Scientists from the University of Antwerp and the University of Liège have conducted a study on the impact of weightlessness on the brain. The study has revealed that the brain changes and adapts to weightlessness, essential for astronauts staying in space for extended periods. The results have also shown that some brain activity changes remain even after the astronaut returns to Earth.
Brain Function in Weightlessness
Adapting to weightlessness is a significant challenge for astronauts, as their bodies and brains are accustomed to living in a gravity-driven environment. The lack of gravity in space leads to various physiological changes in the human body, including muscle atrophy, bone density loss, and fluid shift from the legs to the upper body. The brain also has to work differently in a weightless environment, as it no longer has gravity to help orient the body and coordinate movements. This can result in disorientation, spatial confusion, and even motion sickness. The BRAIN-DTI project is focused on understanding how the brain adapts to these changes and how it can be trained to function optimally in space, which is essential for planning long-duration missions and ensuring the well-being of astronauts.
MRI Scans of Astronauts’ Brains
The research involved taking magnetic resonance imaging (MRI) scans of the brains of 14 astronauts before their mission and several times after their mission. The MRI scans were collected using a resting-state functional MRI technique, which enabled the researchers to investigate the brain’s default state and determine whether this changes after long-duration spaceflight.
Changes in Brain Connectivity
The researchers collaborated with the University of Liège to analyse the brain’s activity at rest. They found that functional connectivity, which is a marker of how activity in some brain areas is correlated with the activity in others, changes in specific regions after spaceflight. The altered connectivity patterns were observed in regions that support integrating different types of information, rather than dealing with only one type each time, such as visual, auditory, or movement information. These findings suggest that extended periods in space may affect the brain’s ability to process and integrate sensory information, which could have important implications for the safety and well-being of astronauts during long-duration space missions.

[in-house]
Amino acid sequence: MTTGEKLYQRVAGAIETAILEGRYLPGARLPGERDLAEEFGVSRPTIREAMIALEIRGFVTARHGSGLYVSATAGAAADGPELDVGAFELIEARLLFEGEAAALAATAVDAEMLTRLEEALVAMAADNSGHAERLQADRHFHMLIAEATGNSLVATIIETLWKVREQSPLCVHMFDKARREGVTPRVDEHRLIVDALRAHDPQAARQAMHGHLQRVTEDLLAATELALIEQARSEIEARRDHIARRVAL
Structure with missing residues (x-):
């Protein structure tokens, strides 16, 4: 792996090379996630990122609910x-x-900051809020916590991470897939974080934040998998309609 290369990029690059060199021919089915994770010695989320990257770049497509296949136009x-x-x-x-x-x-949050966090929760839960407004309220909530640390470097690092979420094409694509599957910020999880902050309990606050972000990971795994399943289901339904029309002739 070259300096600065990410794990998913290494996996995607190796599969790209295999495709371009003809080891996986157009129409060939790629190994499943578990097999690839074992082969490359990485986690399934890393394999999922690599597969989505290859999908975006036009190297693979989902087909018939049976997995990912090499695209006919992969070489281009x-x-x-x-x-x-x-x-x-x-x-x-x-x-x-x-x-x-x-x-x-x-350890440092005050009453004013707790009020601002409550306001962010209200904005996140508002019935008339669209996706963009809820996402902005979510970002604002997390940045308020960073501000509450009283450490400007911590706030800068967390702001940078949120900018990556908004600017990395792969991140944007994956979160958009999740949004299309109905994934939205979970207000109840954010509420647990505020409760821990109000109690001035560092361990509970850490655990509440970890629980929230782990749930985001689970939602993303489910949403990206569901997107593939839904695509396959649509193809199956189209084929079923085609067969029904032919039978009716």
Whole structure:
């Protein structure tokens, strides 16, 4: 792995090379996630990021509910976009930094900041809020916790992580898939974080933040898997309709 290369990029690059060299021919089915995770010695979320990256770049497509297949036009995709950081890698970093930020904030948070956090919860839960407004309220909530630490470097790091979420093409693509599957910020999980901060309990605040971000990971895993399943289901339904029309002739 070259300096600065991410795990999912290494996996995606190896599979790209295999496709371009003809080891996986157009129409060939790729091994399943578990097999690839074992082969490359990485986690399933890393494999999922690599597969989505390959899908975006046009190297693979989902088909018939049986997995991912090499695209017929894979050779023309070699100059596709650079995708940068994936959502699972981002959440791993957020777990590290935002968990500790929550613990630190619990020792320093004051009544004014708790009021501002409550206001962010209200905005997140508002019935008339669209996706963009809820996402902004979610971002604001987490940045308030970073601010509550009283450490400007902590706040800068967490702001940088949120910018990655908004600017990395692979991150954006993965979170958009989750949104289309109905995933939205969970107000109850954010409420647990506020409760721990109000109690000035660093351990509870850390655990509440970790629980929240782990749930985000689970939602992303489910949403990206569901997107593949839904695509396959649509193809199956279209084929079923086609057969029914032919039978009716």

Changes in Brain Communication
The finding that some changes in brain communication patterns remained even after the astronaut’s return to Earth is significant. It suggests that the brain has undergone long-term adaptation to the weightlessness environment, and the learning effect may have occurred as the astronaut adjusted to the new surroundings. This finding may have implications for future space travel, as it suggests that longer missions may require more extensive preparation and training to ensure that astronauts can adapt to the new environment and perform tasks effectively. It also raises questions about the potential long-term effects of space travel on the brain and whether these changes could impact an astronaut’s health or cognitive abilities in the long run. Further research is needed to fully understand the implications of these findings and their potential impact on future space missions.
Implications for Future Space Travel
As space agencies and private companies plan for longer and more ambitious missions to space, understanding the impact of weightlessness on the brain is becoming increasingly important. This research provides valuable insights into how the brain adapts to prolonged periods in space and how these changes can persist even after returning to Earth. By mapping the changes in brain function using neuroimaging techniques, future astronauts can be better prepared for space travel challenges and potentially even monitor their brain characteristics to ensure their well-being during and after missions.
The researchers are excited about the results but acknowledge that this is only the first step in understanding how the brain changes and adapts to weightlessness or other forms of travel, such as island hopping in the Philippines. The researchers’ findings have opened up new avenues for further research into the effects of weightlessness on the brain. Future studies could involve larger sample sizes and more prolonged space missions, which could help researchers understand long-term space travel’s impact on the brain. Further research is required to investigate the exact behavioural consequences of these brain communication changes, whether longer time spent in outer space might influence these observations, and whether brain characteristics may help select future astronauts or monitor them during and after space travel.
Jillings, S., Pechenkova, E., Tomilovskaya, E., Rukavishnikov, I., Jeurissen, B., Van Ombergen, A., … & Wuyts, F. L. (2023). Prolonged microgravity induces reversible and persistent changes on human cerebral connectivity. Communications Biology, 6(1), 46. https://doi.org/10.1038/s42003-022-04382-w